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Summary

Just as intelligent design is not a legitimate branch of biology in public educational institutions, nor should the philosophy of religion be a legitimate branch of philosophy. So argues acclaimed author John W. Loftus in this forceful takedown of the very discipline in which he was trained. In his call for ending the philosophy of religion, he argues that, as it is presently being practiced, the main reason the discipline exists is to serve the faith claims of Christianity. Most of the philosophy of religion has become little more than an effort to defend and rationalize preexisting Christian beliefs. If subjects such as biology, chemistry, physics, and geology are all taught without reference to faith-based supernatural forces as explanations, faith-based teachings should not be acceptable in this discipline either. While the book offers a fascinating study of the fallacies and flaws on which one whole field of study rests, it speaks to something much larger in the ongoing culture wars. By highlighting the stark differences between faith-based reasoning and evidence-based reasoning, Loftus presents vital arguments and lessons about the importance of critical thinking not only in all aspects of study but also in life. His conclusions and recommendations thus resonate far beyond the ivory towers and ivy-covered walls of academic institutions.

©2016 John W. Loftus (P)2016 Pitchstone Publishing

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  • David Tamayo
  • 27-09-17

Clever - Logical - Sensible - Amazing Insight

This is not Mr. Loftus' first book. When I read his writing for the first time, the logic and thoroughness with which he covered the topic made me think there was nothing more for him to do. When I read his second book, I was amazed how well presented and fresh ideas that I thought - for sure there is nothing more for him to write about... before reading this book, I was a bit apprehensive thinking lightning can't strike so many times, but again I was mistaken in my presumptions. The author is uniquely positioned because not only has he studied and obtained degrees in the very subject he proposes to eliminate from secular university, but he has lived it, taught the subject, and spent lots of time promulgating it with some of the best and most famous philosophy of religion "experts". Loftus dissects the issues exposing this subject, which has only existed since the 1950's, as nothing more than either plain philosophy or, more often, plain apologetic. This book is easy to read and, in its appendices, it has some excellent interviews with the defenders of the Philosophy of Religion. He presents his arguments and the PoR most famous counterarguments allowing the reader to come to the logical and inevitable conclusion that PoR shouldn't exist any more. A highly recommended book for anyone thinking in studying PoR.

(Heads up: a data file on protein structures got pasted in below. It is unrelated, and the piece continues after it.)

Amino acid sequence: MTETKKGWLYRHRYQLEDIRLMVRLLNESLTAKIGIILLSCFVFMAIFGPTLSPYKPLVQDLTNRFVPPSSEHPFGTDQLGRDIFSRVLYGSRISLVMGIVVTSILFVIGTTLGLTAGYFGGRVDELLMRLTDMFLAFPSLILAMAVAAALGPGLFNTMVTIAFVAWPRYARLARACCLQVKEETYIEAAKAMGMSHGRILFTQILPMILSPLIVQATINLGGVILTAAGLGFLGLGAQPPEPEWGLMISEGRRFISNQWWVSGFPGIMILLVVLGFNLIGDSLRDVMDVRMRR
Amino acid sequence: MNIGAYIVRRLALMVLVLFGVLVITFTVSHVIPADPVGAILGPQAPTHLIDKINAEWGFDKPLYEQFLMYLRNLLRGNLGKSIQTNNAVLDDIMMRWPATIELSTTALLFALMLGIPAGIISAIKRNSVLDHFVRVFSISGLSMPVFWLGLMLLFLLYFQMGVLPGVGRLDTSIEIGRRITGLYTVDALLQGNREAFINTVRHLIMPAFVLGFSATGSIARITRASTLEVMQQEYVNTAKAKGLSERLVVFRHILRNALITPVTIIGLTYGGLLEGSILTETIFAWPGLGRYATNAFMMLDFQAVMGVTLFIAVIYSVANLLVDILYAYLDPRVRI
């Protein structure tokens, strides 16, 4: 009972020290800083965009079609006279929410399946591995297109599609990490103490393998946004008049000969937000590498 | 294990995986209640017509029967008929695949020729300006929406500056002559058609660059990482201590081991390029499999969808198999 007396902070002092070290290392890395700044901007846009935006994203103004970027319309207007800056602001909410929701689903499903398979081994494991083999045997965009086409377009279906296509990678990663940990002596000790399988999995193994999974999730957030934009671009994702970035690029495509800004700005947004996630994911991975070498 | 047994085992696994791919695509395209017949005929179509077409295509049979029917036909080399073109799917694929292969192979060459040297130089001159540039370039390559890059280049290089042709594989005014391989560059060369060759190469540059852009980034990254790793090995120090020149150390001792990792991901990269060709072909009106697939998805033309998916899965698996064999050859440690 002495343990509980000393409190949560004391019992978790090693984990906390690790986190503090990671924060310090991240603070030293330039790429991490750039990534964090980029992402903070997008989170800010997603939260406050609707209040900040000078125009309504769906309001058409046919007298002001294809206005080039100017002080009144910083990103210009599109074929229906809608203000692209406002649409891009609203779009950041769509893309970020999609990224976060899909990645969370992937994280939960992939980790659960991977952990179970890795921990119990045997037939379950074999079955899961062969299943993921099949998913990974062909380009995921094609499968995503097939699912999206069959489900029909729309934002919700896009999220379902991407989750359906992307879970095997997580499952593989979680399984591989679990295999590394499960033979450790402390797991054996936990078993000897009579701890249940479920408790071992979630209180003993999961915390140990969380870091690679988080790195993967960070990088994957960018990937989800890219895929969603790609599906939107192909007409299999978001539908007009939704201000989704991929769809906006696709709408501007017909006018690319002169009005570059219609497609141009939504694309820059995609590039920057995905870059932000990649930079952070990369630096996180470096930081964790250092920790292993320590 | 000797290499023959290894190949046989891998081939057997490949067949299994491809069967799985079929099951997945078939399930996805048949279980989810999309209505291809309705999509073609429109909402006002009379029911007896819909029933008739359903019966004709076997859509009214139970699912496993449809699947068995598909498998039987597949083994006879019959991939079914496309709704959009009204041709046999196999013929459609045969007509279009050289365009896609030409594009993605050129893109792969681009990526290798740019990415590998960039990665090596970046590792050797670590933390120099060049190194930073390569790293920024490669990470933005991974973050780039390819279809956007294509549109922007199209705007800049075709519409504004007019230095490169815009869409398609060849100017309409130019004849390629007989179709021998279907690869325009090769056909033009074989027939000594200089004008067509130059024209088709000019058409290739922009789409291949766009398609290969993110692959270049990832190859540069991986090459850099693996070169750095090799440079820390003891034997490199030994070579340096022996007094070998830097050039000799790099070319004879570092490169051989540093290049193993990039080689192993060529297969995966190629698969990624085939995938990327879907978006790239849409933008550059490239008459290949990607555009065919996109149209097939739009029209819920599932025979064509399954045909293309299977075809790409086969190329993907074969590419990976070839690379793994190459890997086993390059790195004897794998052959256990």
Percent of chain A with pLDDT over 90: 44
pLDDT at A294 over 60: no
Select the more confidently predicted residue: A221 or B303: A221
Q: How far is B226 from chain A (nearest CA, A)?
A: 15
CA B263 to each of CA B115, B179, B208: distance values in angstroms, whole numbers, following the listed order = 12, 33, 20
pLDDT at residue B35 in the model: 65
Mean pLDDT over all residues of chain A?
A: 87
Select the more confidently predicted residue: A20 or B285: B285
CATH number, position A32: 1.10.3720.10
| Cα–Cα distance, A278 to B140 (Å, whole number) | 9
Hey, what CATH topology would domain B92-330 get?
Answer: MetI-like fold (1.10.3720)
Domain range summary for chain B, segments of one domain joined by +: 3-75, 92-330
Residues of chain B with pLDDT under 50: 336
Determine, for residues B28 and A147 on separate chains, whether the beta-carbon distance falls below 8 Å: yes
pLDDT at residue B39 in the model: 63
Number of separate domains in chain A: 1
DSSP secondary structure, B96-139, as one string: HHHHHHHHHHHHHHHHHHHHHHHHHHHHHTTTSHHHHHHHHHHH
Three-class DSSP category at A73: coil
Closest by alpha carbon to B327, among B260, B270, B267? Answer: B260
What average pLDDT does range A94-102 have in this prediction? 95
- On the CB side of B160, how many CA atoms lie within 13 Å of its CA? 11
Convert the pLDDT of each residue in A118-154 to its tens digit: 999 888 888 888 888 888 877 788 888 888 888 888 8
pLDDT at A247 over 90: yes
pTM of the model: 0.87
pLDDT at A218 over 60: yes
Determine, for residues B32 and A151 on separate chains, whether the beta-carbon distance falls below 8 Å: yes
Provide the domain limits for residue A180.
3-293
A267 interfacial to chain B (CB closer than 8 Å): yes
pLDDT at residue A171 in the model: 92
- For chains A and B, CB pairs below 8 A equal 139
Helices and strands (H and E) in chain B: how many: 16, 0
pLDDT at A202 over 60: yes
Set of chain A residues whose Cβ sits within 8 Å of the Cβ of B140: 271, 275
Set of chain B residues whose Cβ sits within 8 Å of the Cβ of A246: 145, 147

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  • Ix
  • 14-08-17

I feel and share the author's frustration

I'm in complete agreement with Mr. Lofts and I recommend this book and its advice to all philosophy of religion departments at secular universities.

1 of 1 people found this review helpful